Ed Ruscha: He Up and Went Home
LOS ANGELES — The artist Ed Ruscha has been based in Los Angeles since 1956, and has spent the better part of the last 60 years exploring that city’s iconography in a deadpan style that wavers between mundane and philosophical.
He has documented — sometimes in black and white photographs, but mostly in oil on canvas — gas stations, parking lots, swimming pools, the apartment blocks of struggling actors, the Hollywood sign (which on clear days he used to be able to see from his old studio) and, in his large body of text-based paintings, the kind of transactional language one could imagine overhearing at a power lunch at any point in the last half-century, such as: “That was then this is now,” “Honey, I twisted through more damn traffic today,” “Pay nothing until April” and the iconic “Oof.”
Aside from this city, its landmarks and their place in a kind of extreme version of Americana symbolism, the odd evolutions of contemporary vernacular have been the main through-line of his work. In person, Mr. Ruscha speaks with a vaguely unplaceable Western accent, a holdover from his upbringing — he was born in Nebraska, but grew up mostly in Oklahoma — which has softened into slight nonrecognition from his time on the West Coast. Perhaps other than John Wayne, no other postwar figure has been described as “laconic” quite as much as he has.
It’s a good word for him. Watching Mr. Ruscha enter a room feels like witnessing a cowboy suiting up for his last rodeo. His gait is stiff and slow, but also dramatically deliberate, and at 82, he’s still as handsome as a movie star.
On a recent morning at his studio in Culver City — inside an old gray building that previously served as a prop warehouse — the artist sat at a wooden desk, flipping through pictures of his latest works. Uncharacteristically painted on round vellum drum skins instead of the usual canvas, they explicitly refer to Mr. Ruscha’s past in the Southwest with painted phrases that recall the language of his childhood.
“There’s a peculiar kind of — what would you call it? — patois, like Okie jargon,” he said. “People have a funny way of speaking, almost like using bad English, double negatives like, ‘I can’t find my keys nowhere.’ I would see these phrasings in literature too, like John Steinbeck’s ‘Of Mice and Men’: ‘I told you nobody ought never to fight him.’ Yes, they were incorrect, but they had a punch to them.”
The drum skins star in a new exhibition at the Blanton Museum of Art at the University of Texas in Austin, which houses Mr. Ruscha’s extensive archive. They are both familiar and a kind of late-period departure. They deploy the font Mr. Ruscha invented in the early ’80s and has used in his text paintings ever since, called “Boy Scout Utility Modern,” a name that, like much of Mr. Ruscha’s canon, rests somewhere between perfectly literal description and high-minded gag. But his writing is less cynical, more earnestly nostalgic: “I don’t hardly disbelieve it,” or “He up and went downtown.”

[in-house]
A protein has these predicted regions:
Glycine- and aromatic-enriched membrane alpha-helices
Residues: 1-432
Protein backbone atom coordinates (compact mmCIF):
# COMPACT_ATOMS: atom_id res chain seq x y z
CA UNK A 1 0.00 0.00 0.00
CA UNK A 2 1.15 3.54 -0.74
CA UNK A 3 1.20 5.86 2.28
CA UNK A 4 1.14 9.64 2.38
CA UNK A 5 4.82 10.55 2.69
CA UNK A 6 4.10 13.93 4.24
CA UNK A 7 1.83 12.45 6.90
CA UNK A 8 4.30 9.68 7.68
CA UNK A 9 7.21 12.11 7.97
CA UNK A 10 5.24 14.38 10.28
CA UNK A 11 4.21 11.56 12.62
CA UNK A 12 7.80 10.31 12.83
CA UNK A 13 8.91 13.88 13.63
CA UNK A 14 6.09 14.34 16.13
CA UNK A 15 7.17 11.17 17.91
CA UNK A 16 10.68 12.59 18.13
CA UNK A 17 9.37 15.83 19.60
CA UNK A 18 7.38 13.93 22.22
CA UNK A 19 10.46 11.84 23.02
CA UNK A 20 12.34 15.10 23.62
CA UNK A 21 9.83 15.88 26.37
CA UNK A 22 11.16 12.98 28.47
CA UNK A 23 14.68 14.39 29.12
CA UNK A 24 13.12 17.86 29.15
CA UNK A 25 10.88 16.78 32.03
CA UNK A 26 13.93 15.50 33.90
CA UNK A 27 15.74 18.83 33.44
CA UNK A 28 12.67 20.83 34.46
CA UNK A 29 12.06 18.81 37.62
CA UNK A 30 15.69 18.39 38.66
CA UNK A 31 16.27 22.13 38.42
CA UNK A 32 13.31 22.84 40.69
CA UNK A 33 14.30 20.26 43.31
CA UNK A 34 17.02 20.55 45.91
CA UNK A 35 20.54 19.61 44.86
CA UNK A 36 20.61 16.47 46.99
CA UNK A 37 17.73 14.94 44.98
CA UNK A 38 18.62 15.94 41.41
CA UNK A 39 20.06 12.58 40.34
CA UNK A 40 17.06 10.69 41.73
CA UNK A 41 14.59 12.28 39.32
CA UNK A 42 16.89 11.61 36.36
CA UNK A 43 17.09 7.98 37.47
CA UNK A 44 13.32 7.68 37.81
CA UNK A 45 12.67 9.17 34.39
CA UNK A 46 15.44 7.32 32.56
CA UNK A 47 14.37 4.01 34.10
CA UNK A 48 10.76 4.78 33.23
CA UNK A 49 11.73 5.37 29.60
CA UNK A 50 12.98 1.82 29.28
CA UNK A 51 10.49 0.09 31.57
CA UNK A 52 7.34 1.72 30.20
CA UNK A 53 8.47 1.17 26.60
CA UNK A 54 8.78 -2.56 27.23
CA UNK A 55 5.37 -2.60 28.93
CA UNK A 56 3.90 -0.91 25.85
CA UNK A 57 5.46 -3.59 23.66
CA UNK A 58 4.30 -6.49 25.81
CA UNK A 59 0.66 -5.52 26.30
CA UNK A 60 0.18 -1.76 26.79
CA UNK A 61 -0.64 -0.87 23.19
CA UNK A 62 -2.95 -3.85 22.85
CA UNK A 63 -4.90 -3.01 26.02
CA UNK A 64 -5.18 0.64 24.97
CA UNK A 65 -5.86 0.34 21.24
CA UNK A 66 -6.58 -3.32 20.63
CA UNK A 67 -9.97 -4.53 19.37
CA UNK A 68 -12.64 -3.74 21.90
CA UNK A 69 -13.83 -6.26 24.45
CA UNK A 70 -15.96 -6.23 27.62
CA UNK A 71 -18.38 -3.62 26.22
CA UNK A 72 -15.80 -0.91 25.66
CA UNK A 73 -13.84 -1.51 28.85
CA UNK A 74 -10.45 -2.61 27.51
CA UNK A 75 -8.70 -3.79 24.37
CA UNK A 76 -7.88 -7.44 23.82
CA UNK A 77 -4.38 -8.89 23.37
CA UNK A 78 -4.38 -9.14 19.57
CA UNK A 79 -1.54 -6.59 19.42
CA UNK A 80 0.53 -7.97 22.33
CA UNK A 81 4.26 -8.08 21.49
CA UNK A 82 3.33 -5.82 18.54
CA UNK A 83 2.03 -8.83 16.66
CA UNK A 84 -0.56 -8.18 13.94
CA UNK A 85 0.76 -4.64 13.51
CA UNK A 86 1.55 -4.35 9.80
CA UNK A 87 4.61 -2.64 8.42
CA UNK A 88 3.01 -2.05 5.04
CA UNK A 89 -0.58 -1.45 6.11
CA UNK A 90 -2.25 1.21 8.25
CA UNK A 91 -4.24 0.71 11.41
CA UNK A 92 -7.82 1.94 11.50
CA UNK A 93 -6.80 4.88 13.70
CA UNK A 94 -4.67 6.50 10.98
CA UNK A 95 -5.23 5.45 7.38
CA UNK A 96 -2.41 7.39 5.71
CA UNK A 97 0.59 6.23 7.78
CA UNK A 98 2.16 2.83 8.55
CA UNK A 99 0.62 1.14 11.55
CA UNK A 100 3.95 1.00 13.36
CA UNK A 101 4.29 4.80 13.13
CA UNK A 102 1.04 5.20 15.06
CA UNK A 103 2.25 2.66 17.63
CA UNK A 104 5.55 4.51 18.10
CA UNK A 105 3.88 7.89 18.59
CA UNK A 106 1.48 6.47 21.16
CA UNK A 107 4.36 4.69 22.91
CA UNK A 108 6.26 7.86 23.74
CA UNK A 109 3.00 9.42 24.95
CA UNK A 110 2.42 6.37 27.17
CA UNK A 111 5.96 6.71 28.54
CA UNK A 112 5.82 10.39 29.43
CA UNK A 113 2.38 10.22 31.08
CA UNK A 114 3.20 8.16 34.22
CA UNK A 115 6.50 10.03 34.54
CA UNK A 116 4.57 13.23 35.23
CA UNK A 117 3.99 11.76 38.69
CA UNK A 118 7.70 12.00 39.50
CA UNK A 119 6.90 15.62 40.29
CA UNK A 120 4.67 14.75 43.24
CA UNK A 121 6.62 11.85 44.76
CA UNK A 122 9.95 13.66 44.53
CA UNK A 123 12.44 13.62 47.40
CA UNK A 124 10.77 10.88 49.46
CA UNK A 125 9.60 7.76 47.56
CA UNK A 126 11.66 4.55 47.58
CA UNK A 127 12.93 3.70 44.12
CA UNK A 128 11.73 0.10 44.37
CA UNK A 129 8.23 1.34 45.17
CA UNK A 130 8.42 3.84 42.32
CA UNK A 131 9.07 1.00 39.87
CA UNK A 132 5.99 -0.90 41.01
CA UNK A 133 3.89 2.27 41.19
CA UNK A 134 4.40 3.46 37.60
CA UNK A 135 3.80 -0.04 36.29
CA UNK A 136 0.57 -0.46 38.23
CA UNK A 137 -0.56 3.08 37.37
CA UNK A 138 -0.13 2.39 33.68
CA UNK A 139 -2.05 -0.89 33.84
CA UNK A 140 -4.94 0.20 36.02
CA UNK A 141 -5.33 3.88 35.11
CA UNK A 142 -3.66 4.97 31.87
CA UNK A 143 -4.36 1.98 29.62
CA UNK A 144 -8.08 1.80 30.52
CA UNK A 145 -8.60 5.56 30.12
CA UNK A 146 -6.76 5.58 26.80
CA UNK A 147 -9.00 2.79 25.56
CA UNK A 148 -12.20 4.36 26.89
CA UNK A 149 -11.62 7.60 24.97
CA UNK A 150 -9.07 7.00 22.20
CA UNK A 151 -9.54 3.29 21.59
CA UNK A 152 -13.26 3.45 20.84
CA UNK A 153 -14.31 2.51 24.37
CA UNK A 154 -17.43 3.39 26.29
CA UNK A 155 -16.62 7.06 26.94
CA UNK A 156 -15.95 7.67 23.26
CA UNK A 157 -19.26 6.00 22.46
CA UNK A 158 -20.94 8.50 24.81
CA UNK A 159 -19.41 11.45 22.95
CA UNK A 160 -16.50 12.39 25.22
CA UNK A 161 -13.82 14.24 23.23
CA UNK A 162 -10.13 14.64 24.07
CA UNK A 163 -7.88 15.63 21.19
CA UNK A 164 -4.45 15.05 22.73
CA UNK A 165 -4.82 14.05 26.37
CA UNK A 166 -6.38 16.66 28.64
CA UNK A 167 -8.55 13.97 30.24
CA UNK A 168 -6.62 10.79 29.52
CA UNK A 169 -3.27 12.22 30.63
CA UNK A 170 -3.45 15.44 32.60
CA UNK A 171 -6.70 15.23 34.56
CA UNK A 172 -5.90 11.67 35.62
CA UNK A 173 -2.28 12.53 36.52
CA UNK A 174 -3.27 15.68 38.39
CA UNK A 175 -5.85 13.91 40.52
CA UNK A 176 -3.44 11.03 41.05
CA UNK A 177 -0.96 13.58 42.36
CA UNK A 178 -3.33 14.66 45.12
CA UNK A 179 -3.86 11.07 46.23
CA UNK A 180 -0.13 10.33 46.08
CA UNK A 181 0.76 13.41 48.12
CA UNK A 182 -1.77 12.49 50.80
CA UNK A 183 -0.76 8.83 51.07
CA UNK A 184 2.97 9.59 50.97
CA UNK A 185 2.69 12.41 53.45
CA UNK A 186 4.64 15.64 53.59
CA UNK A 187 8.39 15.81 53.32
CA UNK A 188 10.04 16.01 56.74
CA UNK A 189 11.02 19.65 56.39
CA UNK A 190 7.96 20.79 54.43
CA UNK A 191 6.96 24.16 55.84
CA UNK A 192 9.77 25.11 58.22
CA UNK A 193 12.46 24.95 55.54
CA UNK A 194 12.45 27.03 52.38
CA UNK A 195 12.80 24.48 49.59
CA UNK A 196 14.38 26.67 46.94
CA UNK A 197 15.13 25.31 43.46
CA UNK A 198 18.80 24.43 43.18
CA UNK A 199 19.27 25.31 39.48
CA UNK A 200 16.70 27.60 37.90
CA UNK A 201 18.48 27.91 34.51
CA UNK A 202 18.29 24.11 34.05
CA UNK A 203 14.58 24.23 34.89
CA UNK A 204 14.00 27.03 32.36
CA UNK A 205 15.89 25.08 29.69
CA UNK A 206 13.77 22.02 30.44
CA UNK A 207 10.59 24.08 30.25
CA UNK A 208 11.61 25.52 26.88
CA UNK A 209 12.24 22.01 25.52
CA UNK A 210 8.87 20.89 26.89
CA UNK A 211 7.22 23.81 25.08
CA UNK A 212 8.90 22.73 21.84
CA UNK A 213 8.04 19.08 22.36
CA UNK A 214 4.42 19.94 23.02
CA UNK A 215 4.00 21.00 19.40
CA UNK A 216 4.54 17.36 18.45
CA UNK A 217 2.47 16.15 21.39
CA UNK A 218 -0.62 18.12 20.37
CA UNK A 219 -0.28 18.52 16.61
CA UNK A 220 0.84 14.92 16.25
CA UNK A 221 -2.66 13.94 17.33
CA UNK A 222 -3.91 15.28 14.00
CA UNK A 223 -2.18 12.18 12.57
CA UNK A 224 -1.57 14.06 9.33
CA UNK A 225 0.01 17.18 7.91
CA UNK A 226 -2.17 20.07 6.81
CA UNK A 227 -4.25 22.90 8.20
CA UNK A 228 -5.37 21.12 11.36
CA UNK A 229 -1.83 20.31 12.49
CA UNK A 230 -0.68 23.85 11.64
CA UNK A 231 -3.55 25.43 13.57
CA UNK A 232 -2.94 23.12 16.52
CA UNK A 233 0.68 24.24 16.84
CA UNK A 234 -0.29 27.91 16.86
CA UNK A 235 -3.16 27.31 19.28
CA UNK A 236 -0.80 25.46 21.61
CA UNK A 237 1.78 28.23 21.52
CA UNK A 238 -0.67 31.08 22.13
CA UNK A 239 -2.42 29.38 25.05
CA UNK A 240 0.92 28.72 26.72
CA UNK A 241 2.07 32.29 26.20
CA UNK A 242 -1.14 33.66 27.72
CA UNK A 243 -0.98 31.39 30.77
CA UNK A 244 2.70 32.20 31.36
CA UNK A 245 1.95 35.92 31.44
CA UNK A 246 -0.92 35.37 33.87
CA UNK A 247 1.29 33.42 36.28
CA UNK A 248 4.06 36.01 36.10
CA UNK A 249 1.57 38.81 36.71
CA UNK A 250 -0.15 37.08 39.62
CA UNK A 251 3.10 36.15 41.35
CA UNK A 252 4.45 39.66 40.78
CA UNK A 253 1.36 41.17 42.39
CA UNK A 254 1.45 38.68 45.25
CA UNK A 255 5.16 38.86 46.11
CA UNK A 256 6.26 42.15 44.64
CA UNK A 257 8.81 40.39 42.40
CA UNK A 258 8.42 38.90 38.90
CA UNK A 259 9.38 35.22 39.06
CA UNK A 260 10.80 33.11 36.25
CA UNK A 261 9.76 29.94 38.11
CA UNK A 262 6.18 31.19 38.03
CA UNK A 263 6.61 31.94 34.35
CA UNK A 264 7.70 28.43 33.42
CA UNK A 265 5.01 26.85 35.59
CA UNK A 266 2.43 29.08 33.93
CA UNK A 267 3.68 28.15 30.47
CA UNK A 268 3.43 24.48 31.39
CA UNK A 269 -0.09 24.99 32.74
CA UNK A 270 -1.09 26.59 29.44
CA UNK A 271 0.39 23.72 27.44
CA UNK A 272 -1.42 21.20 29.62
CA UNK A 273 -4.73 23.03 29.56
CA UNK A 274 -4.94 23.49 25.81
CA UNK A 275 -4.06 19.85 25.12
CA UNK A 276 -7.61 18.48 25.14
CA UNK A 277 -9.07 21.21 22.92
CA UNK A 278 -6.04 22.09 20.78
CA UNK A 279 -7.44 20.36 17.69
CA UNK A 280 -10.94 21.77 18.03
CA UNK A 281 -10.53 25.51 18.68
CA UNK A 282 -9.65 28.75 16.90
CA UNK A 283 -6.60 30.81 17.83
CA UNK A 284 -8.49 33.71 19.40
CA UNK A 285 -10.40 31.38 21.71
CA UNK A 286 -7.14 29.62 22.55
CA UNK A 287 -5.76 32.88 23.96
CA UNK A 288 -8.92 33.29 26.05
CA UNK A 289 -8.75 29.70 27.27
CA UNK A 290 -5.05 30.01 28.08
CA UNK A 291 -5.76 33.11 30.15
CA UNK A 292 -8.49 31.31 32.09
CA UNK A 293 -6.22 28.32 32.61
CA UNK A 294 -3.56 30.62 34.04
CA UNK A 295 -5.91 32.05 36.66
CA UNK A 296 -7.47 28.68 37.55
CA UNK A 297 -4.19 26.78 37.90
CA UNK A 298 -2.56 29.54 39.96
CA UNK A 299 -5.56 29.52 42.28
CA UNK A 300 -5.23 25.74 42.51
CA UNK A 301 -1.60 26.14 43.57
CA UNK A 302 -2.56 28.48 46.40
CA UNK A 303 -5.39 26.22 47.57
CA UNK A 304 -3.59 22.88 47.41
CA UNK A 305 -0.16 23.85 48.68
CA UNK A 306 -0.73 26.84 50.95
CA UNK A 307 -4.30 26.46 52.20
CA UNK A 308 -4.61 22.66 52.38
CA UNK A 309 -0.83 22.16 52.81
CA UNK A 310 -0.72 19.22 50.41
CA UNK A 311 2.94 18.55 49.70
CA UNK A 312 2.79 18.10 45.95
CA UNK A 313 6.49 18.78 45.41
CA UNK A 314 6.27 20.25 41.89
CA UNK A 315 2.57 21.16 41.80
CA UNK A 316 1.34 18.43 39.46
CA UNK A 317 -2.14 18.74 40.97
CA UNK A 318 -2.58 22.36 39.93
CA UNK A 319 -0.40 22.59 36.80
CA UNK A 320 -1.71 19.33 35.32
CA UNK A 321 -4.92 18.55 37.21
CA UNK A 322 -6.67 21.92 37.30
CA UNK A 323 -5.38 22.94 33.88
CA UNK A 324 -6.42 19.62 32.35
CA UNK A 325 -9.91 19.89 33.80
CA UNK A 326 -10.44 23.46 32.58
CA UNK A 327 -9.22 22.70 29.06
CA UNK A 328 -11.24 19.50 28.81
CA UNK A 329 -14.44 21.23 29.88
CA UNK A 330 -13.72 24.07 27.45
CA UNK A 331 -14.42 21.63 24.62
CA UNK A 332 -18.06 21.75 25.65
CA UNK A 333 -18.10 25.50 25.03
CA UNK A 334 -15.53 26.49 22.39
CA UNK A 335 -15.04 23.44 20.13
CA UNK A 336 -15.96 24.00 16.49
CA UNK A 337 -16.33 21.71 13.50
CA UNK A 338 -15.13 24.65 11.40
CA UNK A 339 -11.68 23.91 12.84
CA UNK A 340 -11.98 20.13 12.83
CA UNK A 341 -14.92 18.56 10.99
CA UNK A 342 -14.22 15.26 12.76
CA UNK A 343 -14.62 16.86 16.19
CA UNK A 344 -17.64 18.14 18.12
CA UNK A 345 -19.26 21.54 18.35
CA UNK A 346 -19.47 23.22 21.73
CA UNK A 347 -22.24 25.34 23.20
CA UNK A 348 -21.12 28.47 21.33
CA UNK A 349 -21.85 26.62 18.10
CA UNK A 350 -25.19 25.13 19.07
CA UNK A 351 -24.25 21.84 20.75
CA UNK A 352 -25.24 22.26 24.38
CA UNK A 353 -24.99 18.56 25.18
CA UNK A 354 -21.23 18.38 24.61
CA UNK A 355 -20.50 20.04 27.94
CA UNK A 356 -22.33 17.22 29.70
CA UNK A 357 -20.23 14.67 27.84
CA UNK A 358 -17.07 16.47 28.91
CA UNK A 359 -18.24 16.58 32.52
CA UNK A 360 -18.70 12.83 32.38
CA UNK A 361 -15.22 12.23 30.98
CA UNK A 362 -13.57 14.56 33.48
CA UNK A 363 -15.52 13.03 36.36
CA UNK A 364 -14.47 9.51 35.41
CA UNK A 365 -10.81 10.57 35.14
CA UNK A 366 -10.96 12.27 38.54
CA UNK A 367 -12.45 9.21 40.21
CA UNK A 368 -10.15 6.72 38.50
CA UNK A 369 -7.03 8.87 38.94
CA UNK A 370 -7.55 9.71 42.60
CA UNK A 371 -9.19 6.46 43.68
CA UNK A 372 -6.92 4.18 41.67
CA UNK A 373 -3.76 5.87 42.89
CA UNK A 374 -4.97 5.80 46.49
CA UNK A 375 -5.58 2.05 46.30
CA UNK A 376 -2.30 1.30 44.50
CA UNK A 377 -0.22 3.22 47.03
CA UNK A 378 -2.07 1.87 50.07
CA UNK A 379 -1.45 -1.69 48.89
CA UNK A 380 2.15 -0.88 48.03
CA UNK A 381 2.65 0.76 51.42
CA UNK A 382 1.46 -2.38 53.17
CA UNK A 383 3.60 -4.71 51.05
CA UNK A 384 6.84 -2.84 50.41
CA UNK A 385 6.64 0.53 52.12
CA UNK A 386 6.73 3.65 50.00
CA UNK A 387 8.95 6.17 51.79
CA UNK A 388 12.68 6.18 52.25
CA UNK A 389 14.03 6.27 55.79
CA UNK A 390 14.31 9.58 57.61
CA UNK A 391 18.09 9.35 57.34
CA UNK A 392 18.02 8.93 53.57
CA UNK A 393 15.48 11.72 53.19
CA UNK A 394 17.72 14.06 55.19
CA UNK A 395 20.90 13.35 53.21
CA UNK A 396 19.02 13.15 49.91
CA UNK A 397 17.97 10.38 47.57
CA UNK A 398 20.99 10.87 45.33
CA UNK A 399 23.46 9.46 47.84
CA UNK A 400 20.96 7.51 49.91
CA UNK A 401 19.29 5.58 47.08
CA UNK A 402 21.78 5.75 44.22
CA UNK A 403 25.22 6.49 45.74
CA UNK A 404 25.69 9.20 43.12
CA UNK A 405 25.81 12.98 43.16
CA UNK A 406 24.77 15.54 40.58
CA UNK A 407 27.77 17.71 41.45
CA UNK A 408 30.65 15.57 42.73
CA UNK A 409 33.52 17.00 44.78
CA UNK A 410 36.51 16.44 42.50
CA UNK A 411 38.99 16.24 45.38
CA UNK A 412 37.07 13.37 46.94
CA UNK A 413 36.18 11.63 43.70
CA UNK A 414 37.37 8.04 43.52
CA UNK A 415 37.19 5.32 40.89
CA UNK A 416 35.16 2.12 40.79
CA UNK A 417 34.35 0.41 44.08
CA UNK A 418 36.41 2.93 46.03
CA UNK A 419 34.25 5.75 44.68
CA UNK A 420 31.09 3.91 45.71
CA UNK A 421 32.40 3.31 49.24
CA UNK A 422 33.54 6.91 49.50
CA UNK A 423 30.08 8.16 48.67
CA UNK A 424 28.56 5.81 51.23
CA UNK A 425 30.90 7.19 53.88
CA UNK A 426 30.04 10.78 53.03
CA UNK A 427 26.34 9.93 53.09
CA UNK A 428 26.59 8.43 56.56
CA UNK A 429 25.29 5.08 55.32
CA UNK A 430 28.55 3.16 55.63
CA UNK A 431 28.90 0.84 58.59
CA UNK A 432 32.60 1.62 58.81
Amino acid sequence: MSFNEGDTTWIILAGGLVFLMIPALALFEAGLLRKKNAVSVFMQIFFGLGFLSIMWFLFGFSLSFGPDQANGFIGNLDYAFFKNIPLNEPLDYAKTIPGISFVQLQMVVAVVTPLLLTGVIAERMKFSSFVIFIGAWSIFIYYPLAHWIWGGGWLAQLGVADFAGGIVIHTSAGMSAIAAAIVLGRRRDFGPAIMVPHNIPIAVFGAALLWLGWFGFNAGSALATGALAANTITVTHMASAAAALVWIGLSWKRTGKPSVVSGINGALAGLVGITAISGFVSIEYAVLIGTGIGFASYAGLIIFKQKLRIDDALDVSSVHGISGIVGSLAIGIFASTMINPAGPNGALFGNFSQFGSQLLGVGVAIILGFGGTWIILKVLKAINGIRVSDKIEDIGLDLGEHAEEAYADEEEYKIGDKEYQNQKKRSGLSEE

The new works were, on some level, a long time in the making. Mr. Ruscha bought the drum skins almost 50 years ago at a leather store in Los Angeles. They were rejects, stacked on a clearance table because they had noticeable flaws, and he’s carried them with him ever since. “I was always looking at them,” he noted, “saying, ‘You’re beautiful, but I can’t think of anything to trigger me to paint on you.’”
This salvaging of a seemingly random object was typical. Veronica Roberts, the curator who organized the show at the Blanton, through July 12, described Mr. Ruscha’s studio as “an art historian’s dream.” “Every drawer has a history,” she said. She recalled once bringing him pecans from a tree in her backyard, unaware that Mr. Ruscha has a collection of pecan nutcrackers, which he excitedly unveiled to her.
For this artist who has been rooted in the never-ending present of Los Angeles, his recent paintings had him thinking about the past. Mr. Ruscha’s father was an insurance auditor in Oklahoma City, “a fairly straight fellow,” he said. His boyhood embodied the kind of folksiness that he would later deconstruct in works that rendered classic American imagery — road signs, billboards, the 20th Century Fox logo — into foreign abstractions. “I look back on Oklahoma as though it were an old black and white movie,” he said. “I’d drink a quart of milk every morning and read the newspaper. That was kind of my routine.”
He also spent a lot of time listening to country music and jazz, which he described as “two very diverging, conflicting and yet somehow harmonious schools of music.” He was especially intrigued by country radio programs like “Lum and Abner,” a comedy act that centered on life in a fictional small town in Arkansas, and whose language would greatly influence his work. “Sometimes Lum would say something very abstract,” he explained, “And Abner would say: ‘Oh don’t get so testamystical with me.’ I felt like I wanted to incorporate those kinds of notions, that kind of American speech into my work.”
In looking to the language of his youth, there is an almost childlike innocence to the drums — other phrases include “I ain’t telling you no lie” and “I never done nobody no harm” — though Mr. Ruscha also added that this kind of language was not present in his own house. “I never spoke this way, and if I did, my parents would be quick to correct me,” he said.
He had ambitions to become a sign painter when he left Oklahoma at 18 for Southern California, to study at the Chouinard Art Institute. This development did not particularly thrill his father, at least not until he read a story about how Walt Disney was the school’s primary financial backer, and that many of its students went on to work at his animation studio.